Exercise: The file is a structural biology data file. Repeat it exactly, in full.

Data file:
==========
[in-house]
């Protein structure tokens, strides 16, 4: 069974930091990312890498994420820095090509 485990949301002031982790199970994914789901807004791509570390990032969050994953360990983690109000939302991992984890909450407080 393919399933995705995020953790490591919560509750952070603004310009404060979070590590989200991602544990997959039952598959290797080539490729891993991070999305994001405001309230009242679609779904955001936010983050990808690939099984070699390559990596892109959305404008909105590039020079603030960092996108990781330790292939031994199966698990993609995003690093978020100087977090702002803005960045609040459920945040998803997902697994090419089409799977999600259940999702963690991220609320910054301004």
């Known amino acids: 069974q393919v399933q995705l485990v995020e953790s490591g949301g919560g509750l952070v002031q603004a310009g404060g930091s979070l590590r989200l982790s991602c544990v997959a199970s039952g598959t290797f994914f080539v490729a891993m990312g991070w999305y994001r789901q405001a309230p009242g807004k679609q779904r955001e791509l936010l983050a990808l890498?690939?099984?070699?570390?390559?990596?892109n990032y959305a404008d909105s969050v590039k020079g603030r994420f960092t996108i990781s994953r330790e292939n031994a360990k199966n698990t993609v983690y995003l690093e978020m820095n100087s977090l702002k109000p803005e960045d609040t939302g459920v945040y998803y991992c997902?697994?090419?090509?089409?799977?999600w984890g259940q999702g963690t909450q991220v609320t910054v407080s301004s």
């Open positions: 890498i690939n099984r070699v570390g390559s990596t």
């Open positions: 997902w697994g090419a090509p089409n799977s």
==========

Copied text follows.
[in-house]
């Protein structure tokens, strides 16, 4: 069974930091990312890498994420820095090509 485990949301002031982790199970994914789901807004791509570390990032969050994953360990983690109000939302991992984890909450407080 393919399933995705995020953790490591919560509750952070603004310009404060979070590590989200991602544990997959039952598959290797080539490729891993991070999305994001405001309230009242679609779904955001936010983050990808690939099984070699390559990596892109959305404008909105590039020079603030960092996108990781330790292939031994199966698990993609995003690093978020100087977090702002803005960045609040459920945040998803997902697994090419089409799977999600259940999702963690991220609320910054301004």
């Known amino acids: 069974q393919v399933q995705l485990v995020e953790s490591g949301g919560g509750l952070v002031q603004a310009g404060g930091s979070l590590r989200l982790s991602c544990v997959a199970s039952g598959t290797f994914f080539v490729a891993m990312g991070w999305y994001r789901q405001a309230p009242g807004k679609q779904r955001e791509l936010l983050a990808l890498?690939?099984?070699?570390?390559?990596?892109n990032y959305a404008d909105s969050v590039k020079g603030r994420f960092t996108i990781s994953r330790e292939n031994a360990k199966n698990t993609v983690y995003l690093e978020m820095n100087s977090l702002k109000p803005e960045d609040t939302g459920v945040y998803y991992c997902?697994?090419?090509?089409?799977?999600w984890g259940q999702g963690t909450q991220v609320t910054v407080s301004s």
């Open positions: 890498i690939n099984r070699v570390g390559s990596t």
């Open positions: 997902w697994g090419a090509p089409n799977s």